Experimental Heart is a novel in two parts: the first is an account of the biologists in a leading institute in London, and the research they do; the second is a plot-driven story. In chapter 1, Andy O’Hara, a postdoctoral researcher, is working late one night in the lab. This is normal for him; his life consists of 13-18-hour days at work, seven days a week, a vending-machine diet, odd hours in the pub, and snatched hours of sleep inbetween. He’s a loner, despite being an attractive man who the other female characters in the novel either have fallen for in the past or would like to in future. The reason for his driven, somewhat arrogant and solitary nature lies, we are led to understand, in his family background. His father was himself a scientist who died in his 40s of a malignant melanoma, and Andy has chosen a similar career in response, keeping an old photo of his father in his desk drawer as an inspiration.
Andy is interested in Gina, whom he can watch through his window as she works in her own late-night laboratory routine. Unlike Andy, Gina works in the commercial sector, seeking practical medical applications of the research she does. Andy spends quite a bit of time trying to pluck up courage to strike up a friendship (and perhaps more) with her, though is constantly foiled by work and the fact that Gina always seems to be monopolised by other people. While Andy muses on Gina and struggles with his feelings about other female characters, we are told an enormous amount of detail about the experiments that he and his colleagues perform and the possible biological implications; about the working and drinking life of young, childless scientists; and about the publications, seminars and conferences that form the background to their tense occupations. The author is very much on a mission to show the reader what it’s like to be a scientist in a highly competitive environment where there aren’t enough jobs for everyone and where you are in an invisible race to be the first to publish your results.
Because scientific research is such a specialist and intellectual occupation, the characters have a camaraderie (even when they irritate each other) and a sense of “separateness” from the rest of society; the author is excellent at conveying this rather superior alienation. In the background to this story is a group of animal rights activists who are both frighteningly violent and rather well-informed about the research going on at the institute. These activists, as well as several parties attended by the characters where there are some convenient “non scientist” flatmates or guests, provide a platform for us to be told the various ideological positions about genetically modified crops, research on living organisms, and other dangers or benefits of contemporary biology research.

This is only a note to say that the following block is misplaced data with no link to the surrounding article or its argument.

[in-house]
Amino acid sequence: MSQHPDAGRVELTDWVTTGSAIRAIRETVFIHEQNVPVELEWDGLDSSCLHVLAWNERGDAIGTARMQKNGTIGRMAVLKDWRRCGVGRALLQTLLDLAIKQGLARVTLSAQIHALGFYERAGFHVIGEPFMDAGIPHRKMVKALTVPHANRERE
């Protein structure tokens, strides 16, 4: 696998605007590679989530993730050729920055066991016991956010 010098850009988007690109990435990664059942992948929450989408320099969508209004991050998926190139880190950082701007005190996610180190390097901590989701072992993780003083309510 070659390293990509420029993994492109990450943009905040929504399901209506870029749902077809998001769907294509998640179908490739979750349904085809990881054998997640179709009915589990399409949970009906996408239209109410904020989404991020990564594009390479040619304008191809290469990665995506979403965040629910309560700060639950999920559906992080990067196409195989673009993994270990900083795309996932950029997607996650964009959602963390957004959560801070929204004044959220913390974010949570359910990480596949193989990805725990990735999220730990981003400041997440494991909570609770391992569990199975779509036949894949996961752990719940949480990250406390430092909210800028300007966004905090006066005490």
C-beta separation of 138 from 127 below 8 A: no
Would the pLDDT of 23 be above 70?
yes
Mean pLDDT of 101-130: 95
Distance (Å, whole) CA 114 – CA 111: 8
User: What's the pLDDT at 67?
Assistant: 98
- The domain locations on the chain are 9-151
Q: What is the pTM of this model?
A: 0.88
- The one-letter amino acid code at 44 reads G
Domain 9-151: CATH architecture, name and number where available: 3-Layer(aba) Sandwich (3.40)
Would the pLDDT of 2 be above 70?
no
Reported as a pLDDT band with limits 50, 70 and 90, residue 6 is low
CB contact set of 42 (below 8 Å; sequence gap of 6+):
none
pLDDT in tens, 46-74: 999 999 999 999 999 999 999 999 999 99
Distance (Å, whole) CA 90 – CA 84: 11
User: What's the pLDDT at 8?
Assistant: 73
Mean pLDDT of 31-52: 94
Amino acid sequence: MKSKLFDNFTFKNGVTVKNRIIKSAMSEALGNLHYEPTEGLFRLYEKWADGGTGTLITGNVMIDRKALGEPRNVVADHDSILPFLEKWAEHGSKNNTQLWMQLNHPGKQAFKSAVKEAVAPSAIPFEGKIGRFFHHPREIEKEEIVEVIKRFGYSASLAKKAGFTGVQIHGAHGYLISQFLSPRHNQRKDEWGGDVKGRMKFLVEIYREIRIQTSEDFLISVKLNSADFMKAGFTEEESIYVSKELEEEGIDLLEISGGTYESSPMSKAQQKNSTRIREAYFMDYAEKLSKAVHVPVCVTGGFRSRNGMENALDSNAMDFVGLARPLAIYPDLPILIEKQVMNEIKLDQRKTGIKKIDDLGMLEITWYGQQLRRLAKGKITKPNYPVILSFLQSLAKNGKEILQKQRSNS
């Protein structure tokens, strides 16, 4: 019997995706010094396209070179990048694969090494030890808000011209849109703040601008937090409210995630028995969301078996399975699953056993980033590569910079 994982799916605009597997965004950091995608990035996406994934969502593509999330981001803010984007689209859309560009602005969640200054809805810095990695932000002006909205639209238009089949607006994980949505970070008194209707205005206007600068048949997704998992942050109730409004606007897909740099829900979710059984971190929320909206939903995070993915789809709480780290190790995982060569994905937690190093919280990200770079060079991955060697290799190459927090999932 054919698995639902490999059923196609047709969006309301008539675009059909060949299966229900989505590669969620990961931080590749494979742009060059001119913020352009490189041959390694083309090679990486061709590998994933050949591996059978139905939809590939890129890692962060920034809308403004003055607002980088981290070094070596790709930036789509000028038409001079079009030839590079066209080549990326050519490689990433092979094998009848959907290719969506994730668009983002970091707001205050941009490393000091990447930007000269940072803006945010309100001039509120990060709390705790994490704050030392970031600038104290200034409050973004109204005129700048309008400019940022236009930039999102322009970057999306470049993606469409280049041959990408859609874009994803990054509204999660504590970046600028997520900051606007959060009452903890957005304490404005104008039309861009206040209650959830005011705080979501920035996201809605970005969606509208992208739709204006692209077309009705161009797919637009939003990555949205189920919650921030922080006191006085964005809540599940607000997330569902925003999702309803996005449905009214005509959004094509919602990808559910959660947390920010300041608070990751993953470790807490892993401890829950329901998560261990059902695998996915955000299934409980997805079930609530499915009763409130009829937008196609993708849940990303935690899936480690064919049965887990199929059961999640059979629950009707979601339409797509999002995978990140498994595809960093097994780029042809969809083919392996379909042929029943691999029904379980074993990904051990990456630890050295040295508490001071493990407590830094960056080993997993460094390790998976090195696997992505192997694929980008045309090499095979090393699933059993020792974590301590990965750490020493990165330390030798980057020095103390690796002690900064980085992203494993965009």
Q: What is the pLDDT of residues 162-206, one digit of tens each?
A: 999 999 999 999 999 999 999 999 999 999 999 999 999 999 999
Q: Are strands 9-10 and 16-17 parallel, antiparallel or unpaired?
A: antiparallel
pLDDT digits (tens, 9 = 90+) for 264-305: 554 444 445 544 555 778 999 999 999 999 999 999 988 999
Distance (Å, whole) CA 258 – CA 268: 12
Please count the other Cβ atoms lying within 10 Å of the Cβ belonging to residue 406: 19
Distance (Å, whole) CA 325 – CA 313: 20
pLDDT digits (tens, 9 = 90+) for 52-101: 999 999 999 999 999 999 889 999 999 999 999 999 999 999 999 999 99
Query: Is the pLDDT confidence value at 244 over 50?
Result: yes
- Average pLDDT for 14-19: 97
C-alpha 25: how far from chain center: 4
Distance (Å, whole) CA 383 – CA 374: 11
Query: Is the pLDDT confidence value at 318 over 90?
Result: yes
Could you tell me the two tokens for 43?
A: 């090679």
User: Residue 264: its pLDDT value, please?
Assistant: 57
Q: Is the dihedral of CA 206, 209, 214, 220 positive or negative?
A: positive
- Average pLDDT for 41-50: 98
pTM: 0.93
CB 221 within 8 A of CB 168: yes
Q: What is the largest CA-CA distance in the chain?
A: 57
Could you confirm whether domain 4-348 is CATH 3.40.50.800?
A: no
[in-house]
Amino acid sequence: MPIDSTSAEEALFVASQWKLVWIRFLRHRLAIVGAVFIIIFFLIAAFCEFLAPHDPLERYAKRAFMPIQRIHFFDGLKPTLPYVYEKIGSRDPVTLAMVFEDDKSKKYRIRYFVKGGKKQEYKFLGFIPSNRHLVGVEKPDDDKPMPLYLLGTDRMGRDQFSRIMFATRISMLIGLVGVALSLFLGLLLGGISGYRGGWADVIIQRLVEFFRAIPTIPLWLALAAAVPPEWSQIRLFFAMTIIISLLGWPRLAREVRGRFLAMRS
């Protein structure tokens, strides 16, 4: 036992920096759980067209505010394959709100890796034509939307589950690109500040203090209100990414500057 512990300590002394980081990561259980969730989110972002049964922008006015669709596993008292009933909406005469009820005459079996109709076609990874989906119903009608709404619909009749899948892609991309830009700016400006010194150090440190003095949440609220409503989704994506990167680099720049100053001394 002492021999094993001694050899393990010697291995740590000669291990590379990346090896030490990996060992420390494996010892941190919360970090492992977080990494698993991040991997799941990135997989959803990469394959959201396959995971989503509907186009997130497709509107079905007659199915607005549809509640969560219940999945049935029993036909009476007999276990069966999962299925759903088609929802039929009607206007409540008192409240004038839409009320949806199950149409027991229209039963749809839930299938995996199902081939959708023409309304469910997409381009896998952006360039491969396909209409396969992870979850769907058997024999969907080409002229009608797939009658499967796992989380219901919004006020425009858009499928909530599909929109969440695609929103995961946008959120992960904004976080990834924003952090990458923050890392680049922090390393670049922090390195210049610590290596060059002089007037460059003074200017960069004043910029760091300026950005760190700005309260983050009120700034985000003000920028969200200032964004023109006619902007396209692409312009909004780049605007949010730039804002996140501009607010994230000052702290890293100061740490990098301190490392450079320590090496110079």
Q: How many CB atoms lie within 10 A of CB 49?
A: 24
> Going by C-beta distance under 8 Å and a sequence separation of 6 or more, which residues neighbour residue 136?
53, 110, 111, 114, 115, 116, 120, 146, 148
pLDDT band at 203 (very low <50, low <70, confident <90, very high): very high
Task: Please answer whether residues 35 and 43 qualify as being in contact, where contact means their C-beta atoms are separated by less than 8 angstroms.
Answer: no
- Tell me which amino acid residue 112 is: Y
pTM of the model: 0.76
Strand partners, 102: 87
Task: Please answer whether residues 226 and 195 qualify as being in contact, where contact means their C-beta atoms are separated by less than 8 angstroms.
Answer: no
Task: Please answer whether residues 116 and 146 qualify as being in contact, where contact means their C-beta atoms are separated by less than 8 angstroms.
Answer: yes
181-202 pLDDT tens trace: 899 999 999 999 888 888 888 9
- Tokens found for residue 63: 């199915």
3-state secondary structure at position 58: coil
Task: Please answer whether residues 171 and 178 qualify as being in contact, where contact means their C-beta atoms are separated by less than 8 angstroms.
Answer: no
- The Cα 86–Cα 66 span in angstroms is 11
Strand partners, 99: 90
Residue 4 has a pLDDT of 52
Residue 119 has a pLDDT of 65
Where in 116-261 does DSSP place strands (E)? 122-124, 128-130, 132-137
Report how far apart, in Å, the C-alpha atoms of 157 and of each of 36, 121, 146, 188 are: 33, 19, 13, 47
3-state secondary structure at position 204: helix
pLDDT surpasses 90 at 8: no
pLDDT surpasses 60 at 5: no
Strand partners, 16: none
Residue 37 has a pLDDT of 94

All this is fascinating if you are interested in what makes a small group of scientists tick and in following the ins and outs of their research. It might be a little hard-going if you aren’t. In the second half, however, the author drops much of the explanatory tone and instead gets stuck into a tense story in which Andy and his colleagues realise that Gina may be being dragged into a project that is not only highly unethical but extremely dangerous. This part of the novel is very clever, and the tension the author wrings out of measuring radioactivity or running a gel is truly nail-biting!
For me, the strengths of the book are in the way it explains rather technical and complex scientific concepts in an accessible manner, and the scientific detective story of the second half – not a story in which it is a challenge to work out what is going on and who is responsible, but exciting in the thriller sense. On the other hand, I did not find the half-dozen or so characters that interesting, so could not care that much about their romantic ups and downs, though I was certainly rooting for Andy and Gina at the end.
This novel is steeped in a passion for biological research. Just as many books have appeal because of their beautifully conveyed sense of a particular geographical place, science is the country of Experimental Heart, and it is one that this author conveys authentically and lovingly. It is scientific research that is the hero or heroine of this enjoyable novel.
Jennifer L. Rohn, the author, is a cell biologist and founder of LabLit, a wonderful website that promotes and celebrates science in culture and fiction. Find out more about her at her website. A selection of reviews of Experimental Heart is also available at the author’s website.